Just in time for the holidays: A critical review of “Hold the Dark” (2018)

Well, we began the year with a round of Netflix reviews (sort of), so we might as well end it with one more. Besides, we just hit the longest night of the year and Christmas, and New Years is on the way. What better way to spend it than with wolves of the two and four-legged variety?

A woman in a very, very remote Alaskan town (Riley Keough) writes to naturalist Russell Core (Jeffrey Wright), requesting that he track down the wolf that killed her son. Despite being an author rather than a hunter, Core hops on a plane and heads up. Unsurprisingly, he starts uncovering some dark secrets from the get go. The woman’s husband (Alexander Skarsgard) is also in town, recently returned home from military duty in Afghanistan. When he learns of the fate of his son, he goes on a rampage, and Core is caught tracking a different kind of predator.

“Hold the Dark” is based on a novel, and it shows. The film is leisurely with its pace and with its various epiphanies. While it’s slow to get off the ground, once it does, it tends to move–a battle between rural police and a lone shooter with a chain gun stands out as a tense and intense sequence–but even then it’s with more of a sense of dream-like wonder and fascination than sense of urgency.

The narrative also skips around a little bit, as if the screenplay has been reformatted from chapters; it was adapted by Macon Blair, who has worked with director Jeremy Saulnier a number of times as an actor, although perhaps the film’s pace owes more to editor Julia Bloch, who has a very interesting resume.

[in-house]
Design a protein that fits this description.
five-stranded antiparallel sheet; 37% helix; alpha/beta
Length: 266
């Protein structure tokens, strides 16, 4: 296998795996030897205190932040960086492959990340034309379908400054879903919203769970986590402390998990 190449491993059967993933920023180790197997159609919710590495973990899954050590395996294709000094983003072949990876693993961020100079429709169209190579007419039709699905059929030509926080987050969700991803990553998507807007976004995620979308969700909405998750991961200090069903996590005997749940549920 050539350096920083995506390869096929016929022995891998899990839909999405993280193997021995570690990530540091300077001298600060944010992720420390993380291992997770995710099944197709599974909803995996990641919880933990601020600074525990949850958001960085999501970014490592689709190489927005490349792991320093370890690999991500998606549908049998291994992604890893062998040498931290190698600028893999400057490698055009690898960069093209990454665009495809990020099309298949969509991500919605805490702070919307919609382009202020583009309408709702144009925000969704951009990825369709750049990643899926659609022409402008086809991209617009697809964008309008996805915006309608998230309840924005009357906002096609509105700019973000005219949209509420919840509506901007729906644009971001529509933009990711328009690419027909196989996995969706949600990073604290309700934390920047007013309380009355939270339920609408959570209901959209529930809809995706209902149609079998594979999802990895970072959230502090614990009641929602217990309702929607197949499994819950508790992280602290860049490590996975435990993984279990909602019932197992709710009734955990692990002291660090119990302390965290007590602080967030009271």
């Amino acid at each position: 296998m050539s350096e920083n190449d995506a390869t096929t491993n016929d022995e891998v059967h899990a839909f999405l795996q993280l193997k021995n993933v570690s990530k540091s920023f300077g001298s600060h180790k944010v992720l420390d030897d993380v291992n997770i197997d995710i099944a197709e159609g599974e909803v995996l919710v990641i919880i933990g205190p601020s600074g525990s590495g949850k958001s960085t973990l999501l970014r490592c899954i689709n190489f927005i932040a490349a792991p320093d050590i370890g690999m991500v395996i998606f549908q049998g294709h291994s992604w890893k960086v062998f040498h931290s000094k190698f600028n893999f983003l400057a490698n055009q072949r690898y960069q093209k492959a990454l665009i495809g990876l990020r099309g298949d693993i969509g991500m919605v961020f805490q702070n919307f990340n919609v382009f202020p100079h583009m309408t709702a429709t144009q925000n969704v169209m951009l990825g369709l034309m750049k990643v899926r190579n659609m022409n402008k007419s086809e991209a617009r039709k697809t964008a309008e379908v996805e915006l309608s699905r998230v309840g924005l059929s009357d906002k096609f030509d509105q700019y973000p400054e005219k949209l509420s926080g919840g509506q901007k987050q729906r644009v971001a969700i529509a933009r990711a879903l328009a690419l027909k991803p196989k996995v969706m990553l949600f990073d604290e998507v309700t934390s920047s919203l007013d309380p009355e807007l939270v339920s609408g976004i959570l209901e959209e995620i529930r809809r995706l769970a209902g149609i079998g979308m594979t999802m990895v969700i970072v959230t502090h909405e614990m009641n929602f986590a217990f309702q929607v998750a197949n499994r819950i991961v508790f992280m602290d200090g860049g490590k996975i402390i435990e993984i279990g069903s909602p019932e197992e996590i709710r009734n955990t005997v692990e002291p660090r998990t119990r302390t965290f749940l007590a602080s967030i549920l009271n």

Director Jeremy Saulnier has helmed a couple of thrillers I’ve meant to see and a couple of episodes of “True Detective” I have seen, so he gets a pass; the cinematography, by one Magnus Nordenhof Jonck, perfectly pairs the relentless mood with nature-documentary prettiness.

The actors are a little less successful with this approach. Wright, who has the most to do as a truly literate hero, gets stuck playing a grumpy grandpa for most of the film. Well, maybe he is a grumpy grandpa by now. He does do it well. But just about everyone else in the cast is left playing characters that feel oddly shallow–but perhaps they’re less shallow than they are symbolic, like bullet points on a list of required ingredients for an alchemical equation.

“Dark” is a little esoteric–convoluted might be the right word–but there’s always something going on onscreen, so viewers shouldn’t get bored trying to figure out what’s going on off screen. The photography is as majestic and temperate as an iceberg, and both the script and the shots are layered with enough cryptic symbols to make Carl Jung choke on a pretzel. It’s the kind of film that rewards re-watching, assuming you want to re-watch something so downbeat. Whatever holding the dark means to you, this film has it covered.

Ultimately, “Hold the Dark” is obscure, bleak and cold as a wolf’s teat. It’s a little long on time and short on diversity of mood, but its constant atmosphere manages to be ominous, oppressive and chillingly beautiful. If that’s not a metaphor for the holidays, I don’t know what is.

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